• edgar

    This is what makes America a great nation. Thank you agent Andersen for this painstaking job that you executed well

  • tuesdays
    • Flitandersen_99

      His two terms weren’t called a “Holiday from History” for nothing…
      On the other hand, “W” did a great deal for that sad continent and never got one drop of ink for any of it. Bono finally, grudging, had to thank him for all his work there.
      One man, one time. God, I hate liberals!

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      • tuesdays

        no one cares douchebag

      • tuesdays


    • WhoDat?

      Why is this His problem?
      What about the African Leaders?
      Why don’t they take care of their own kind?

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  • gigi1122

    Left to Tell: Discovering God Amidst the Rwandan Holocaust – a disturbing story of the genocide in Rwanda. Read this book to understand the truth of this horrible time.

  • Tommy Oneill

    Still tainted with the history of ‘Corrupt Feds’ who would put God in Prison if it meant moving up a rung.Ever notice how they lay out the money putting they’re Badges on top when taking a picture of a seizure of drugs.Remember Ruby Ridge/Waco.Speaking of Slaughters Andersen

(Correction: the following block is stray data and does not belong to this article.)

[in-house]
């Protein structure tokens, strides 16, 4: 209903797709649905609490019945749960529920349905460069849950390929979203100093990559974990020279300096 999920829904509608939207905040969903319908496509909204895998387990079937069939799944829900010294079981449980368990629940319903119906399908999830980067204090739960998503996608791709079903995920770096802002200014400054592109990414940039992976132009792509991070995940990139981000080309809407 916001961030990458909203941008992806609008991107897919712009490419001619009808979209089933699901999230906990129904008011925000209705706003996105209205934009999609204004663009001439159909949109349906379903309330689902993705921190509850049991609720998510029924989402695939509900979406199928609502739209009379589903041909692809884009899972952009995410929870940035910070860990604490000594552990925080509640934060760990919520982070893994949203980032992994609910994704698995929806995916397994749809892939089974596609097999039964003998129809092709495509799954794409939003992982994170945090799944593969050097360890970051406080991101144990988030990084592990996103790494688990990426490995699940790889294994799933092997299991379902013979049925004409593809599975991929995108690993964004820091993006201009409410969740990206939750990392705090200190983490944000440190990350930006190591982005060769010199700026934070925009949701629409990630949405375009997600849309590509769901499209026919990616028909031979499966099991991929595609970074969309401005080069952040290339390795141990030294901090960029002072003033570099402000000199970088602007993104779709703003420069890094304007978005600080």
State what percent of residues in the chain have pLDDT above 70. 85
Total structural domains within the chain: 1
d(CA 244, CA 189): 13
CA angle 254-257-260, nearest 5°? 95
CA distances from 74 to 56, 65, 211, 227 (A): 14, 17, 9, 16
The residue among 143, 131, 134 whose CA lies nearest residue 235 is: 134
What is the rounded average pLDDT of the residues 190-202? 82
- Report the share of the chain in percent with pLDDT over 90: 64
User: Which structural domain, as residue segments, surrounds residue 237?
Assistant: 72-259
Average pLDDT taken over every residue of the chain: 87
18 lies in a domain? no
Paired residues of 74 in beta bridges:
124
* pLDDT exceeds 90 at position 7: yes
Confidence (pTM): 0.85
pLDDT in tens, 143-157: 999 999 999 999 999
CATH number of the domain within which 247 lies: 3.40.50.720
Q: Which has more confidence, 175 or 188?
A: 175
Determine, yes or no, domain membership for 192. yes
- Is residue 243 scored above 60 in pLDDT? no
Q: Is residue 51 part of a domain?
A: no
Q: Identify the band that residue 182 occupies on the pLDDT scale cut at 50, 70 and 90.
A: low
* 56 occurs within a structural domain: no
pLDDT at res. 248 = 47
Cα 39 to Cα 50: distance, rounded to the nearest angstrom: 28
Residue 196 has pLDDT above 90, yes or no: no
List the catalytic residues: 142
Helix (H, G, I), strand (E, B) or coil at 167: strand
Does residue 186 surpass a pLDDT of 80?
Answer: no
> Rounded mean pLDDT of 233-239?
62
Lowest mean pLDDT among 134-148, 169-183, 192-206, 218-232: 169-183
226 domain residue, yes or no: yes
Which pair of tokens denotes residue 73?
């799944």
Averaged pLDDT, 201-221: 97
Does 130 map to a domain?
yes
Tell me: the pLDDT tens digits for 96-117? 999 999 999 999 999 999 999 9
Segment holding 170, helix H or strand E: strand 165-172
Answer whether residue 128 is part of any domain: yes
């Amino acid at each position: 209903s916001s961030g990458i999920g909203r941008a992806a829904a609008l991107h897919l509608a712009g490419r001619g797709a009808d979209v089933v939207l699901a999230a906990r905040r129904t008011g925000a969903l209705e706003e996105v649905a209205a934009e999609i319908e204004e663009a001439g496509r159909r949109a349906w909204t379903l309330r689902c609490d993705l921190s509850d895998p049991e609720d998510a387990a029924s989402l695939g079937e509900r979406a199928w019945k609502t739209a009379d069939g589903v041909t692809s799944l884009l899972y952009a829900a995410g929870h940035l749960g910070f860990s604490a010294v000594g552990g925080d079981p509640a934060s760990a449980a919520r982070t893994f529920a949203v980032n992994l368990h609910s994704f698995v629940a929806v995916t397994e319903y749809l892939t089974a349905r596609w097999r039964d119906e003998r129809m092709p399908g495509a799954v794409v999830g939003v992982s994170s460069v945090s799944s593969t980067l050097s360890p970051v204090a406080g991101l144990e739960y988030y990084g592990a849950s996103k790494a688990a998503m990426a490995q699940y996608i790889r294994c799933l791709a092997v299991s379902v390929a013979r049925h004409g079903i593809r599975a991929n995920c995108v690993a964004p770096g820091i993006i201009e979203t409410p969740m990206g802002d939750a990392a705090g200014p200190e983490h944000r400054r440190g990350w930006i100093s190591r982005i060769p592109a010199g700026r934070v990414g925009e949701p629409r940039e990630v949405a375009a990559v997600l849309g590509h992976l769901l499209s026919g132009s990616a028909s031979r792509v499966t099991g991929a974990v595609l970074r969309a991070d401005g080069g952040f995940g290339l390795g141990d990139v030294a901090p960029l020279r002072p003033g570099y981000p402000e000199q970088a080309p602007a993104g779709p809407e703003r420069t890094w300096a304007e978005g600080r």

• asher2789

      Did you not read the article in which dozens of witnesses essentially attributed nazi-level crimes to her? The entire concept of federal la is to protect the country from genocidal murderers like her… At least for once this story is an example of them doing their job.

  • Noodles3

    I’ll get excited when someone finally arrest a jew for genocide. jews are the biggest problem in the world and they run America. f* ck the Jews!

  • Rana Meher

    Chowdhury Mueen-Uddin and Ashrafuzzaman Khan. Both migrated to the West, to the UK and USA respectively, concealing their roles during Bangladesh Liberation War 1971. They were tried in absentia for their failure to submit before the International Crimes Tribunal despite being notified. Both were convicted of Crimes Against Humanity, and awarded capital punishment by the International Crimes Tribunal of Bangladesh in 2013.
    Copy of MueenUddin-Ashrafuzzaman judgment:

  • WhoDat?

    Savages. Proof is right in front of you.